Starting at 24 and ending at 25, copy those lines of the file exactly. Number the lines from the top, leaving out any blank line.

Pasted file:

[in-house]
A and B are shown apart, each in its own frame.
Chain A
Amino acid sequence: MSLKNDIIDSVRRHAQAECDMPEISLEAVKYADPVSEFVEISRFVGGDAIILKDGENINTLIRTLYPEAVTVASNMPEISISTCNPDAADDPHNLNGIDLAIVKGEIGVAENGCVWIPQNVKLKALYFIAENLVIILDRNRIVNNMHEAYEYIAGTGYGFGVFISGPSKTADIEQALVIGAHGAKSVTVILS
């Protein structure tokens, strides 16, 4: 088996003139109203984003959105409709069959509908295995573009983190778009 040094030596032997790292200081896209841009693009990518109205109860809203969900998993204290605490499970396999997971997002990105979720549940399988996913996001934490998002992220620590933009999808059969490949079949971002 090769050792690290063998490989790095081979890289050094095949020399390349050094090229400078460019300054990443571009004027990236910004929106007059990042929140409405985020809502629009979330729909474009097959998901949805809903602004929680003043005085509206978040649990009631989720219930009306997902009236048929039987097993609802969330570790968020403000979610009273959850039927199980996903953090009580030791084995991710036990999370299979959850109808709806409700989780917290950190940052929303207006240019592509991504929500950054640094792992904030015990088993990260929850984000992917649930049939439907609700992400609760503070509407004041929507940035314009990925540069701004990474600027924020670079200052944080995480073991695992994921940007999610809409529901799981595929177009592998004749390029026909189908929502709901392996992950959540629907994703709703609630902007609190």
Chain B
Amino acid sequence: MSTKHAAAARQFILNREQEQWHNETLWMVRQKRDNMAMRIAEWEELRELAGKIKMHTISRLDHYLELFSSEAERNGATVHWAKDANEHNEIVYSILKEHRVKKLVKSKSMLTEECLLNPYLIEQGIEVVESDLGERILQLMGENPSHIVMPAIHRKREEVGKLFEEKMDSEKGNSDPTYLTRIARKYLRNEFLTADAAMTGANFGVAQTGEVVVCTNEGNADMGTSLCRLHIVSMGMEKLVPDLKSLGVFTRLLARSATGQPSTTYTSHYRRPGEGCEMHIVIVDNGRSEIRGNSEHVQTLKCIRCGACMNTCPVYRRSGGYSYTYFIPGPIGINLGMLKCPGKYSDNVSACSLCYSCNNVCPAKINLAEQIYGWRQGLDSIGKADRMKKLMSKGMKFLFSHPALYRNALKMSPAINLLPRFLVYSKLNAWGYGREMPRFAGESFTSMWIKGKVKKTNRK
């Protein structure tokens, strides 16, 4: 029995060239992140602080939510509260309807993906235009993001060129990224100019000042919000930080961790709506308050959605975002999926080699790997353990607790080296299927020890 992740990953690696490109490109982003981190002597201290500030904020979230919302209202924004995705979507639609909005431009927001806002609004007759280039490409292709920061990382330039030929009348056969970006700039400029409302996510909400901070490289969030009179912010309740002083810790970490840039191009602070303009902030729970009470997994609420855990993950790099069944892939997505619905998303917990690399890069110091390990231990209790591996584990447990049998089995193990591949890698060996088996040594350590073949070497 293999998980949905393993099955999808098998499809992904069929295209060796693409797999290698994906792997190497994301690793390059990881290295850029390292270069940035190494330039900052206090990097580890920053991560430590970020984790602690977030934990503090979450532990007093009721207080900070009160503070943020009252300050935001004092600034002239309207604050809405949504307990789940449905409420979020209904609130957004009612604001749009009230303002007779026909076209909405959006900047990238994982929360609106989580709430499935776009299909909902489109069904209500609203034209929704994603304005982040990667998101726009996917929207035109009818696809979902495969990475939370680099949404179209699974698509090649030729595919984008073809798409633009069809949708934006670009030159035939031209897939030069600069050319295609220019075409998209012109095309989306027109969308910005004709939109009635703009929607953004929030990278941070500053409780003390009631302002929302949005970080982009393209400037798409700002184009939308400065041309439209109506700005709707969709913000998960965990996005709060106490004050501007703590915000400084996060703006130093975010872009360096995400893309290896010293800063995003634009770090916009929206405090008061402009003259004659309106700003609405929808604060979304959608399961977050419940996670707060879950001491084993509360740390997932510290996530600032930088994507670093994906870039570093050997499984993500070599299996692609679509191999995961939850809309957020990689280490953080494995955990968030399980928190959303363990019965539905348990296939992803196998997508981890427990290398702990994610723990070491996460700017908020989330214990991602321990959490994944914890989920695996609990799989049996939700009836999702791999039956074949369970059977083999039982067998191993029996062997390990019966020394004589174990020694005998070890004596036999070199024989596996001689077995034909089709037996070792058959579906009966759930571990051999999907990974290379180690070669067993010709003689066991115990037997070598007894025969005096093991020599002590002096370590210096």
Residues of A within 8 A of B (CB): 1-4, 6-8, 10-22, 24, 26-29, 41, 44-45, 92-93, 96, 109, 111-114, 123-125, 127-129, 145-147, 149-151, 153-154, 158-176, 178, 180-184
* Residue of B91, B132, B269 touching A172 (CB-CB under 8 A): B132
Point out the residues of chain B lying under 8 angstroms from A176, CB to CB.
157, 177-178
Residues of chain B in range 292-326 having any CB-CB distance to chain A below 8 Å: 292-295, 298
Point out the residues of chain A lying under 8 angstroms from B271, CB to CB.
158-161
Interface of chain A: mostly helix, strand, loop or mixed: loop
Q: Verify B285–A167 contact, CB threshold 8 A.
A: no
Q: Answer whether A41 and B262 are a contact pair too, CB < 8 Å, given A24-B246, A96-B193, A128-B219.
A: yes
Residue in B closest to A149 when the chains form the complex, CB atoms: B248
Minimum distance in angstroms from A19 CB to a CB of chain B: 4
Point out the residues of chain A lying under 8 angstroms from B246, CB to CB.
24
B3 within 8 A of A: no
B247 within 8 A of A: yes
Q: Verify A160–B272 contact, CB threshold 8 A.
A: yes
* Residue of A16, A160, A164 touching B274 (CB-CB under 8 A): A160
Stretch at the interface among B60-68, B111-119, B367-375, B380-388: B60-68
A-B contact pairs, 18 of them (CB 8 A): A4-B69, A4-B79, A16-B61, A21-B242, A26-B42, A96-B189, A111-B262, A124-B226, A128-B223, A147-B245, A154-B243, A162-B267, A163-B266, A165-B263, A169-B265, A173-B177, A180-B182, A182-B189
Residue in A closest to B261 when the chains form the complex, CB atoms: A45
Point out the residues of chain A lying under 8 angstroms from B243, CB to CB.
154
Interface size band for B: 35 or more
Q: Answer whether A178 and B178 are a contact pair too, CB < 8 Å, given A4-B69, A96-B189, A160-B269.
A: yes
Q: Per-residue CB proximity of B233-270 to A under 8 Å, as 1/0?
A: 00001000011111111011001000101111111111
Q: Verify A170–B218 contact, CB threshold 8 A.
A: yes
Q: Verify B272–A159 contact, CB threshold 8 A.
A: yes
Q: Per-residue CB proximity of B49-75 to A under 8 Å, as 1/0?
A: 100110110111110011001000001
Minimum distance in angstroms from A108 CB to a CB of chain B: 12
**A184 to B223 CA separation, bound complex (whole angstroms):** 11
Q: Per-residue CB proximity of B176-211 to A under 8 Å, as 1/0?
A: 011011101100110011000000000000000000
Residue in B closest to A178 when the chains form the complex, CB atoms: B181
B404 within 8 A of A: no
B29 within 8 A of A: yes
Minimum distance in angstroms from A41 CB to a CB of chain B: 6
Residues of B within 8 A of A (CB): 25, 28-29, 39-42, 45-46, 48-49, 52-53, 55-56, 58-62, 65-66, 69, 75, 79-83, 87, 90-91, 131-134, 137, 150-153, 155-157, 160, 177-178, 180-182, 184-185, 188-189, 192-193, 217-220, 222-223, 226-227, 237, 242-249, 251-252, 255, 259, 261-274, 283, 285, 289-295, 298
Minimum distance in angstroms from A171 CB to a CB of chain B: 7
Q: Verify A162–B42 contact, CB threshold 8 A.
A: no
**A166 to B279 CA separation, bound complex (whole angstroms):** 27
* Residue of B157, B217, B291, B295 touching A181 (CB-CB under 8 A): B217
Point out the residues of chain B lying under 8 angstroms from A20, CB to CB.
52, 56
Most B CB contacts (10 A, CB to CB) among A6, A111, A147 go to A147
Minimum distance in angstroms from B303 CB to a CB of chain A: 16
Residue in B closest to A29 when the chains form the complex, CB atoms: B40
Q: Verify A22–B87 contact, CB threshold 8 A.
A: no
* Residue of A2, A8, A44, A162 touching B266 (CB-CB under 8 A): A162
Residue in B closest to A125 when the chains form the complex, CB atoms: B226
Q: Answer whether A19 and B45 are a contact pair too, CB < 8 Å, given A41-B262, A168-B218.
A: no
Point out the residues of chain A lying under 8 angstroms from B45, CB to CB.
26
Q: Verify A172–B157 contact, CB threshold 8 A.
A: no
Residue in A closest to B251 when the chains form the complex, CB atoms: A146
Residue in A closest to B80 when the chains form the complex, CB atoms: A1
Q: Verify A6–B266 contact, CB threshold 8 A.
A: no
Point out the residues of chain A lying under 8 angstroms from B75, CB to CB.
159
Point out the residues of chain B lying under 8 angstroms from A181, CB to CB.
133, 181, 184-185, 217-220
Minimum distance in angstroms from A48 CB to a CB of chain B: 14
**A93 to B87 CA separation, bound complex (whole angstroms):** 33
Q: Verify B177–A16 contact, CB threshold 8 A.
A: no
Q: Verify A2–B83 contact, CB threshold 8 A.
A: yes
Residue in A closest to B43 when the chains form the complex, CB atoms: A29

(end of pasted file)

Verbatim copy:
24
B3 within 8 A of A: no